On November 1, the OpenSSL Project released version 3.0.7 of OpenSSL, fixing two severe security vulnerabilities in the 3.x branch of OpenSSL. All versions of 3.x prior to 3.0.7 are vulnerable and should be upgraded ASAP.
Malicious email address as trigger
Both vulnerabilities allow for a stack overflow in the X.509 certificate verification process and can be triggered by a malicious email address in the certificate. The error is in the name constraint checking code. The vulnerabilities illustrate how Machine Identity Management and other PKI operations have become critical infrastructure in enterprises that must be protected. Downtime in certificate and other authentication operations could cripple a business.
The more severe vulnerability, “X.509 Email Address 4-byte Buffer Overflow (CVE-2022-3602),” could allow an attacker to control four bytes on the stack. This could result in a crash and denial of service, and potentially remote code execution.
The other vulnerability, “X.509 Email Address Variable Length Buffer Overflow (CVE-2022-3786),” could allow an attacker to overflow an arbitrary number of bytes on the stack containing the ‘.’ (period, or decimal 046) character. This could result in a crash and denial of service.
An OpenSSL TLS client could be exploited through this vulnerability by connecting to a malicious OpenSSL server. An OpenSSL TLS server could be exploited if it requests client authentication and a malicious OpenSSL TLS client connects.
Vulnerabilities show that poor machine identity management opens door
Kevin Bocek, VP Ecosystem & Threat Intelligence at Venafi, said, “[w]hether we’re running in the cloud in Azure, using Kubernetes in Amazon AWS, or using Apache in your datacenter, the entire digital business requires safe authentication of machine identities. The vulnerabilities in OpenSSL demonstrate the impact of how poor machine identity management – specifically authenticating machine identities – can open the door to attackers.”
Downgraded to 'High'
A pre-announcement of the update last week characterized the severity of CVE-2022-3602 as “CRITICAL.” Today’s announcement downgrades that to “HIGH” based on mitigating factors in the report. CVE-2022-3786 is also rated “HIGH” for severity. For instance, it is common for systems running critical code, such as OpenSSL, to implement protections against stack overflows, which would catch exploits of this vulnerability. The implementation specifics of the stack layout from the compiler or running platform could also defeat exploits.
Furthermore, according to the security advisory, an exploit of either vulnerability “… requires either a CA to have signed the malicious certificate or for the application to continue certificate verification despite failure to construct a path to a trusted issuer.”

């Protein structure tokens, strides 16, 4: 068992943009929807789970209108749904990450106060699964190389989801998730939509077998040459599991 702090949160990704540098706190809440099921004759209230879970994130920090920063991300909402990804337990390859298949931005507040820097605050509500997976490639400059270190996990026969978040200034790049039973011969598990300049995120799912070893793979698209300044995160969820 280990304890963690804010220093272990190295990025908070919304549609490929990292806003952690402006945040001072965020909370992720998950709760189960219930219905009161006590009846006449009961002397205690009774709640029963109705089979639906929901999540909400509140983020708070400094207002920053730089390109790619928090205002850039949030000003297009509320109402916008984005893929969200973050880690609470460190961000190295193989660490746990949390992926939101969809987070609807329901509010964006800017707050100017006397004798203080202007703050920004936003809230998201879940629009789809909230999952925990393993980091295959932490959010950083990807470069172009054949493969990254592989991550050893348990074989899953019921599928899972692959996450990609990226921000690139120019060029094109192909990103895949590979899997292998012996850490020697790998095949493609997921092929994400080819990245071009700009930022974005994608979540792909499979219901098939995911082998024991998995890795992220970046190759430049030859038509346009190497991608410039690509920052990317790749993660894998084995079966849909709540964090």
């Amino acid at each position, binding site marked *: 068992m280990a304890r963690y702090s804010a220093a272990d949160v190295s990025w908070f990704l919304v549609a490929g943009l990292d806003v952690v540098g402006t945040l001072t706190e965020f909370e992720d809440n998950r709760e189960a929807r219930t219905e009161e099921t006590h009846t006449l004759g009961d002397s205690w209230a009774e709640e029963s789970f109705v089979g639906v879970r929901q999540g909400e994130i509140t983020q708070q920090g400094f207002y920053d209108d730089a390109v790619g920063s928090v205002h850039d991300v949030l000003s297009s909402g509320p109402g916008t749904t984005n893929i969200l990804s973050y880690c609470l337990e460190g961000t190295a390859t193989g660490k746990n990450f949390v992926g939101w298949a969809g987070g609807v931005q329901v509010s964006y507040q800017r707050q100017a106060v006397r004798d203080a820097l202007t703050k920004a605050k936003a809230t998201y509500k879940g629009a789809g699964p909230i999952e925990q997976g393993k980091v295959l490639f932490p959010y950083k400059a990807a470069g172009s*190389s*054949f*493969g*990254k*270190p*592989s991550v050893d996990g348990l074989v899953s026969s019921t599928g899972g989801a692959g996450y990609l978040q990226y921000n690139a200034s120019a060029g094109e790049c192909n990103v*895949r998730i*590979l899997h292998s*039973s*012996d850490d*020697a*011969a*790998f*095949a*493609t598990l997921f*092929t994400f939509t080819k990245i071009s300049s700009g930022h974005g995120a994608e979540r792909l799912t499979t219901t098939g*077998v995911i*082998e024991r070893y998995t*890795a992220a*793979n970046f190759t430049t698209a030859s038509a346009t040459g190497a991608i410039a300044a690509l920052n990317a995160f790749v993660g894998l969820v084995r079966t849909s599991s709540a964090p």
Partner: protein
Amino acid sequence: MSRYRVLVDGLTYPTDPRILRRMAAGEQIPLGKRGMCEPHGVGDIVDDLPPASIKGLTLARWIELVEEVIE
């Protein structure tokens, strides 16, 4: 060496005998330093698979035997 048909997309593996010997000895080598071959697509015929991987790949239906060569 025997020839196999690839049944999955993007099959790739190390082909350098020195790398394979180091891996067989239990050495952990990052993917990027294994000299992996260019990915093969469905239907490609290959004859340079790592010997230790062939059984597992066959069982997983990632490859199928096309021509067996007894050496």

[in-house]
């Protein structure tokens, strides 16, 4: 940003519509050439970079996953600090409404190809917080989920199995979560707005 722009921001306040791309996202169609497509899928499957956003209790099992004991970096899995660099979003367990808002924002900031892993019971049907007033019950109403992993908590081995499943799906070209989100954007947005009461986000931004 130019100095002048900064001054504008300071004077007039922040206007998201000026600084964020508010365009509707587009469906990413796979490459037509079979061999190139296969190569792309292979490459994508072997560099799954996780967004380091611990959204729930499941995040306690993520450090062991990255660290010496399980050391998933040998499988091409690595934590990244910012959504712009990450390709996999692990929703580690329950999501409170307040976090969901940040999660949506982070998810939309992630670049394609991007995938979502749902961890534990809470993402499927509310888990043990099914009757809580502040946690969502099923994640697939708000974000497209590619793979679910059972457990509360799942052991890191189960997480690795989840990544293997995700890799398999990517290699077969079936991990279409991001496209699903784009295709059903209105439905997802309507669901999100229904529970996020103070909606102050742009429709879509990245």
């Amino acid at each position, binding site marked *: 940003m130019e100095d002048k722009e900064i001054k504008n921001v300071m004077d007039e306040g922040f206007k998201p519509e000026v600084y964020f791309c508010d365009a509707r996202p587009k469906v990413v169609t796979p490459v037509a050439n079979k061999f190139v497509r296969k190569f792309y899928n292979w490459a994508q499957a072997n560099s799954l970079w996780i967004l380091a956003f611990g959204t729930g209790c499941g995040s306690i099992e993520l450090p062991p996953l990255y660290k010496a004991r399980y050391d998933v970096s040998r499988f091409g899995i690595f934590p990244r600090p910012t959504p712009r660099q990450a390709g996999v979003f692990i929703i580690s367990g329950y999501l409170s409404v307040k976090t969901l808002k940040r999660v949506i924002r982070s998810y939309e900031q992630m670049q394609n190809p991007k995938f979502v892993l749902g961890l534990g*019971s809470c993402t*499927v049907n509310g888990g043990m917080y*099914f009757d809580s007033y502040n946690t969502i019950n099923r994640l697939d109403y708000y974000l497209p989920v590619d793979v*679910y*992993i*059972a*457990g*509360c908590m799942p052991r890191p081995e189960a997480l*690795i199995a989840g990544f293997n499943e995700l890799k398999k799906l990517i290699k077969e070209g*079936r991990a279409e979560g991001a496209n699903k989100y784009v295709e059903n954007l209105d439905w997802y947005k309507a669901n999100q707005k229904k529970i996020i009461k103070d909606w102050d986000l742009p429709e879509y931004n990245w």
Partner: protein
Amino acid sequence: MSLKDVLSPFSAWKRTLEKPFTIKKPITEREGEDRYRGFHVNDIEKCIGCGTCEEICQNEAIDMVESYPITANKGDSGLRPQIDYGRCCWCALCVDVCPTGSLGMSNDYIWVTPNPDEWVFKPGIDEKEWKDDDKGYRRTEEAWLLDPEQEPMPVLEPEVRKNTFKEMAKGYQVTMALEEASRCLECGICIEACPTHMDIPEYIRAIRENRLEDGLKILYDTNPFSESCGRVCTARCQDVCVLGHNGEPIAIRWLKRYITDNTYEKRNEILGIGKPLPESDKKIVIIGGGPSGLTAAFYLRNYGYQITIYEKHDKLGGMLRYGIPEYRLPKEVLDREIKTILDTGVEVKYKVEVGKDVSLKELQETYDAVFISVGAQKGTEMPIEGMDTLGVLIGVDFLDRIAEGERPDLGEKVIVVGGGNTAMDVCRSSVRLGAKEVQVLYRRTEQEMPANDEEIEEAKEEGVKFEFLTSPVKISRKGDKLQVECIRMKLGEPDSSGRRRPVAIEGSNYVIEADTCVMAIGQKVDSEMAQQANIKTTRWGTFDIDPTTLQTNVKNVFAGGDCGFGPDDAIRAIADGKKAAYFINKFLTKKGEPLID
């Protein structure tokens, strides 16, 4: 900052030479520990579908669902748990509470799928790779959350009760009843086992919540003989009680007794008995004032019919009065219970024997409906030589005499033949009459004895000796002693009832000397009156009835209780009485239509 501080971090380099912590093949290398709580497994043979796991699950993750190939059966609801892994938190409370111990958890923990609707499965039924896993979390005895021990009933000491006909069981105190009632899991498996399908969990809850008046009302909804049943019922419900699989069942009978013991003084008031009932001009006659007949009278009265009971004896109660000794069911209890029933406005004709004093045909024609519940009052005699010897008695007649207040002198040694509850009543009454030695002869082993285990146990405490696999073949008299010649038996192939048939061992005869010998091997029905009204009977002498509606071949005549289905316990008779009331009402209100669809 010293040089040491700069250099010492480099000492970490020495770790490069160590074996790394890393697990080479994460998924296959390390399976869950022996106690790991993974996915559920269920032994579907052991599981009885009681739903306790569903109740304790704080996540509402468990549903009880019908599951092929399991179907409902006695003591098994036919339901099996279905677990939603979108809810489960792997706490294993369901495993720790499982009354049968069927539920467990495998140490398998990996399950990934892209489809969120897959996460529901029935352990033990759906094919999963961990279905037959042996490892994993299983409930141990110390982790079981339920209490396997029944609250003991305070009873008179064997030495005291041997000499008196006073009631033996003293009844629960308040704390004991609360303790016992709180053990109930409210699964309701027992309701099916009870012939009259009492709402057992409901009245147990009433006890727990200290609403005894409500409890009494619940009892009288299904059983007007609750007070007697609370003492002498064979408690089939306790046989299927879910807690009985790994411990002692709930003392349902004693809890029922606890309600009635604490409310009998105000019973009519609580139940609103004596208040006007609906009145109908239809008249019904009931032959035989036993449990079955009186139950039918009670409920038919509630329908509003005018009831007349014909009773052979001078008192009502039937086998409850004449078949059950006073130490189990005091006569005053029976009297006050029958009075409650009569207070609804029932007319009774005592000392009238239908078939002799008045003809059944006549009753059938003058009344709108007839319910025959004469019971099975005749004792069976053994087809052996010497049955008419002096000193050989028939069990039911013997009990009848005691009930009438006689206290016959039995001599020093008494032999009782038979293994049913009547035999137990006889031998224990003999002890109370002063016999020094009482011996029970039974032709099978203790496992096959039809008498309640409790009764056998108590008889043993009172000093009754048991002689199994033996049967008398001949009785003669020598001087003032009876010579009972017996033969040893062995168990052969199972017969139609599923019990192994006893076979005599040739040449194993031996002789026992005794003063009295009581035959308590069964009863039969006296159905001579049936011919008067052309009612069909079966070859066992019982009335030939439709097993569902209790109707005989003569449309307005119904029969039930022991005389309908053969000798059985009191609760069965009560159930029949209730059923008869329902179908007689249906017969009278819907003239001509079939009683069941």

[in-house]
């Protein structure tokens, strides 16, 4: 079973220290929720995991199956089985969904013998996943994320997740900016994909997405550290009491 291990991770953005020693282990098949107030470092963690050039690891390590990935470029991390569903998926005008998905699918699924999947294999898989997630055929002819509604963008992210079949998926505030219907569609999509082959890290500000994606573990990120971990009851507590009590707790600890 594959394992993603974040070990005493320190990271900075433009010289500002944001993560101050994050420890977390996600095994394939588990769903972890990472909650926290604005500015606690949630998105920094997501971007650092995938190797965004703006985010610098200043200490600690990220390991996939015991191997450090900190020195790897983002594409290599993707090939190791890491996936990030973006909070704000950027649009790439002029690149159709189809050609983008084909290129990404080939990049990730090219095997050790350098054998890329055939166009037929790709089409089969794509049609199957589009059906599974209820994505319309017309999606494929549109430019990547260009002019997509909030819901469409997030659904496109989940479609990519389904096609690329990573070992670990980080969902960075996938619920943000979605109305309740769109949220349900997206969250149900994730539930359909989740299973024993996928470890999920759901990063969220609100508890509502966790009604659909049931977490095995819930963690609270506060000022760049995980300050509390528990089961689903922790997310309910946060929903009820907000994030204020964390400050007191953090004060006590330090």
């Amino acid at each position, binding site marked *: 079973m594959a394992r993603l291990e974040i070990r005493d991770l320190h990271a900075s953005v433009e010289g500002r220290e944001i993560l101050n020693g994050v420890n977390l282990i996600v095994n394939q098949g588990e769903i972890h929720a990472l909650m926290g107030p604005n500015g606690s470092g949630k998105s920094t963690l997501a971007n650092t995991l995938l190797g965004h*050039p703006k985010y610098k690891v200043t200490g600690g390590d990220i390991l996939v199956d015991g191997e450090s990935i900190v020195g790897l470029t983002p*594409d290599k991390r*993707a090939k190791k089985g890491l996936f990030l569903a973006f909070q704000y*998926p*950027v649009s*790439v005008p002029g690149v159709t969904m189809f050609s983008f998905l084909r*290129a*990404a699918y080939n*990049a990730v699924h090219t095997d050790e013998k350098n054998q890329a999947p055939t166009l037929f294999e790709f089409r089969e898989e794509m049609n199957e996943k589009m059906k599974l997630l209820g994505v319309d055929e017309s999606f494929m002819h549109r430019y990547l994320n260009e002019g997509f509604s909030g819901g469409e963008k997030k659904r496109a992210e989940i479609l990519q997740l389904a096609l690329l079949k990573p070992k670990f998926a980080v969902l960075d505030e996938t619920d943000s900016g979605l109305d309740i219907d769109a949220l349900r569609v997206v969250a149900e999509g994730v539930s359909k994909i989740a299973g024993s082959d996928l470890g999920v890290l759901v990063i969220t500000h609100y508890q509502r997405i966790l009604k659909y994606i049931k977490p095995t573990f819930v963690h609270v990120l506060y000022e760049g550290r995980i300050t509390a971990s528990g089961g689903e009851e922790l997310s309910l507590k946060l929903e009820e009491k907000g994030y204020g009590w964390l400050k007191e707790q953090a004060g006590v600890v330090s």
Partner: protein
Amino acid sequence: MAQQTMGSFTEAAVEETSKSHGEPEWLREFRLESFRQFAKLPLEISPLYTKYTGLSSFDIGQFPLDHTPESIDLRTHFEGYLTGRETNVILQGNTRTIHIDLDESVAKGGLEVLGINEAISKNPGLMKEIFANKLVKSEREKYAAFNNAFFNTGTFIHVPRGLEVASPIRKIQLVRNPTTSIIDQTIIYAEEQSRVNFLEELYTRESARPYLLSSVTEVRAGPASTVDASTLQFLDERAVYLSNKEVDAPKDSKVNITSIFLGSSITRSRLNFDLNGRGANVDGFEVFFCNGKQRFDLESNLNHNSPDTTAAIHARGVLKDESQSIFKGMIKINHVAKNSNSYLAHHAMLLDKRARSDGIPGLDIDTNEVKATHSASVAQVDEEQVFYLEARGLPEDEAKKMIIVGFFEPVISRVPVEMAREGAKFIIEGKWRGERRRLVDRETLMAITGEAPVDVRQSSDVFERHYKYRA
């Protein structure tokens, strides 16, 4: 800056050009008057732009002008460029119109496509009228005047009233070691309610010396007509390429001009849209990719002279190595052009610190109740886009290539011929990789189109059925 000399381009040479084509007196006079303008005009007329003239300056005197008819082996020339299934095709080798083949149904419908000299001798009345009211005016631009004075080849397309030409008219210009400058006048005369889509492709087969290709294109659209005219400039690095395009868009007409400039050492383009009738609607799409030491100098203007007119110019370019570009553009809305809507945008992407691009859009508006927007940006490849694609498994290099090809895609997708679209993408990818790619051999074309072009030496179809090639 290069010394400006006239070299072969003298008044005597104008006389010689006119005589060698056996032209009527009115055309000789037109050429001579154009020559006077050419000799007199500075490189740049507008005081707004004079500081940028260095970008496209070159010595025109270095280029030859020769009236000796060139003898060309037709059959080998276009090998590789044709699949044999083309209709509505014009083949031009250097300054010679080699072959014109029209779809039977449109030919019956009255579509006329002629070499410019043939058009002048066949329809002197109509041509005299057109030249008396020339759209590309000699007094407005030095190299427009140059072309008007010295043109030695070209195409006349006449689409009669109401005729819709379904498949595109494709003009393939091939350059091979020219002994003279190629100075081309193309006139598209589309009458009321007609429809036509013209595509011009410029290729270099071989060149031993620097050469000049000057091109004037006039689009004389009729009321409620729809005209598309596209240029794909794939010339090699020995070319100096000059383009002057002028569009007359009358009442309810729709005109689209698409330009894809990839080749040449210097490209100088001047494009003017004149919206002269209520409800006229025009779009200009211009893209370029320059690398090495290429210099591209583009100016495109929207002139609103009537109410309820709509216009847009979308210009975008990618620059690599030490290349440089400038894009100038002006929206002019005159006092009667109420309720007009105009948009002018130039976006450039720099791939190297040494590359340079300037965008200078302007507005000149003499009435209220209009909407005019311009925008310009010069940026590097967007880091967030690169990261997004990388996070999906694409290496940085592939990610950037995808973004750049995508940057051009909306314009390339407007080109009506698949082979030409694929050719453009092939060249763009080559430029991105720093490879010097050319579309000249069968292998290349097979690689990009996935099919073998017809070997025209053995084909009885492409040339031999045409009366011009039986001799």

The 1.x branch of OpenSSL is not affected by these vulnerabilities. The OpenSSL Project also released version 1.1.1s of OpenSSL, but it only addresses a single less-severe bug, which was also in fixed in 3.0.7.
The bug is a regression introduced in the prior version. The old versions might “not [refresh] the certificate data to be signed before signing the certificate.”
OpenSSL used to be the default implementation for all, but there are many other TLS implementations available. Google’s BoringSSL and the OpenBSD Project’s LibreSSL are two prominent ones, and both are forks of OpenSSL. Both forked long before the 3.x branch of OpenSSL and they are not affected by these vulnerabilities.
Not off the hook
"When OpenSSL first announced this patch was coming, I immediately thought back to major vulnerabilities of the past, such as Heartbleed and Log4j," said Mattias Gees, Container Product Lead at Venafi.
The downgrade is "mainly because it doesn’t cause data leakage and the attack vector is relatively small," said Gees.
But this doesn’t mean you're off the hook, according to Gees. The risk of DDoS attacks is still high if servers request client authentication and a malicious server connects.
"Servers that are on OpenSSL 3.0 and are using Client Authentication in a non-trusted environment – such as public facing servers – should patch immediately to ensure they don’t fall victim to DDoS attacks. Servers running in trusted environments should still be patched, but the urgency here is reduced as attacks won’t be effective unless a threat actor manages to infiltrate your network," he said.
(See Datadog for an in-depth explanation of the the issue.)
- OpenSSL Patches New Bug Targeting Encryption [Lessons from Heartbleed]
- The Real Big Story Behind July’s OpenSSL Vulnerability: Why Blind Trust in Certificates Needs to End
- How to Remediate: DROWN Attack – OpenSSL HTTPS Websites are at Risk – Are You?